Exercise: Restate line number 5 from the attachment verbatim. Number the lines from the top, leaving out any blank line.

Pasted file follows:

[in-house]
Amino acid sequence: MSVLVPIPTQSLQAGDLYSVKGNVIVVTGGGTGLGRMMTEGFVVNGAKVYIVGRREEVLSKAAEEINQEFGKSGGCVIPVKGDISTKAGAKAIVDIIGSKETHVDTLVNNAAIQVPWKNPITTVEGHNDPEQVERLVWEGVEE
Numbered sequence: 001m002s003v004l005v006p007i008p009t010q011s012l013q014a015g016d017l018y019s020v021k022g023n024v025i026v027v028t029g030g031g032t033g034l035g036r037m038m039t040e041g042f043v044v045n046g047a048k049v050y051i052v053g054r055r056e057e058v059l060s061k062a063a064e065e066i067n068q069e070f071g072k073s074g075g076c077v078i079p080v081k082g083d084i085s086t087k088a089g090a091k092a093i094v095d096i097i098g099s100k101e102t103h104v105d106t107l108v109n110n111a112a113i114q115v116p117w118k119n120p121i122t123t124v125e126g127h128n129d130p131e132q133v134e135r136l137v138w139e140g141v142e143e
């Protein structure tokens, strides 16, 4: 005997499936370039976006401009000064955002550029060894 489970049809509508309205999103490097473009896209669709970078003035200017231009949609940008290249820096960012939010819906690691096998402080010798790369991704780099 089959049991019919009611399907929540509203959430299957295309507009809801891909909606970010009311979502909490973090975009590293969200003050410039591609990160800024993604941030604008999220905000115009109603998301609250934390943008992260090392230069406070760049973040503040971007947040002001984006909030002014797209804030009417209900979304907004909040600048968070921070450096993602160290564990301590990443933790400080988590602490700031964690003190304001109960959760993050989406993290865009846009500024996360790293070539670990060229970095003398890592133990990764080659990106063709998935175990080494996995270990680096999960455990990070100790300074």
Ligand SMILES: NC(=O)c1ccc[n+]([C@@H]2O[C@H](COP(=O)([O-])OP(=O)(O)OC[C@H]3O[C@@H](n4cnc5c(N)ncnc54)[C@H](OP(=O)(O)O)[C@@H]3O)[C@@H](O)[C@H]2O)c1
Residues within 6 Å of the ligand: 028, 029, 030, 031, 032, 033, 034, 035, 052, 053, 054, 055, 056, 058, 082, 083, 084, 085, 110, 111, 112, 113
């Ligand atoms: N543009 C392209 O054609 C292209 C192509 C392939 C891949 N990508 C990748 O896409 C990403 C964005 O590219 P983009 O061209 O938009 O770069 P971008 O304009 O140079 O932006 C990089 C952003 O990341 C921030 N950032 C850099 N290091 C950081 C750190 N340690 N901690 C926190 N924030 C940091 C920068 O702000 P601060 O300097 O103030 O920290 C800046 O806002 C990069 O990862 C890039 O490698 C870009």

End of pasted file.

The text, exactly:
Ligand SMILES: NC(=O)c1ccc[n+]([C@@H]2O[C@H](COP(=O)([O-])OP(=O)(O)OC[C@H]3O[C@@H](n4cnc5c(N)ncnc54)[C@H](OP(=O)(O)O)[C@@H]3O)[C@@H](O)[C@H]2O)c1